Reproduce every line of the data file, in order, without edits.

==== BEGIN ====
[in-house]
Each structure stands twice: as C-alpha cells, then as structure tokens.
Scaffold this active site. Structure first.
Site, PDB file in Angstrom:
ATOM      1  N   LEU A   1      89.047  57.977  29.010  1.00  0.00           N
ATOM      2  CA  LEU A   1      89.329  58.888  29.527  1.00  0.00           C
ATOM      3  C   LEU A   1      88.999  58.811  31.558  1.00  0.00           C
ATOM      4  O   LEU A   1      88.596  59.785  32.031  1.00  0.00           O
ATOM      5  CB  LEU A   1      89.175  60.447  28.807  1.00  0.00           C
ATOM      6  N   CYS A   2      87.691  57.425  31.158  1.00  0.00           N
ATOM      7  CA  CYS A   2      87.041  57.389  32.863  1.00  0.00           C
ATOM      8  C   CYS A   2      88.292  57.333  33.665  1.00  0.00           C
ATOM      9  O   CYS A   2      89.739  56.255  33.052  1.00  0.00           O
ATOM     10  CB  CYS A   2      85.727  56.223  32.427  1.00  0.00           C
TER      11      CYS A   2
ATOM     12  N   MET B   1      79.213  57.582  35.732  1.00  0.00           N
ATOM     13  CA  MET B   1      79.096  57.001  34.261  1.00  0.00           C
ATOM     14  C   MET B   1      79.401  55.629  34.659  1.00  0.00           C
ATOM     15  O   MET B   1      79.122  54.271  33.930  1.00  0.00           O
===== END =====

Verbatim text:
[in-house]
Each structure stands twice: as C-alpha cells, then as structure tokens.
Scaffold this active site. Structure first.
Site, PDB file in Angstrom:
ATOM      1  N   LEU A   1      89.047  57.977  29.010  1.00  0.00           N
ATOM      2  CA  LEU A   1      89.329  58.888  29.527  1.00  0.00           C
ATOM      3  C   LEU A   1      88.999  58.811  31.558  1.00  0.00           C
ATOM      4  O   LEU A   1      88.596  59.785  32.031  1.00  0.00           O
ATOM      5  CB  LEU A   1      89.175  60.447  28.807  1.00  0.00           C
ATOM      6  N   CYS A   2      87.691  57.425  31.158  1.00  0.00           N
ATOM      7  CA  CYS A   2      87.041  57.389  32.863  1.00  0.00           C
ATOM      8  C   CYS A   2      88.292  57.333  33.665  1.00  0.00           C
ATOM      9  O   CYS A   2      89.739  56.255  33.052  1.00  0.00           O
ATOM     10  CB  CYS A   2      85.727  56.223  32.427  1.00  0.00           C
TER      11      CYS A   2
ATOM     12  N   MET B   1      79.213  57.582  35.732  1.00  0.00           N
ATOM     13  CA  MET B   1      79.096  57.001  34.261  1.00  0.00           C
ATOM     14  C   MET B   1      79.401  55.629  34.659  1.00  0.00           C
ATOM     15  O   MET B   1      79.122  54.271  33.930  1.00  0.00           O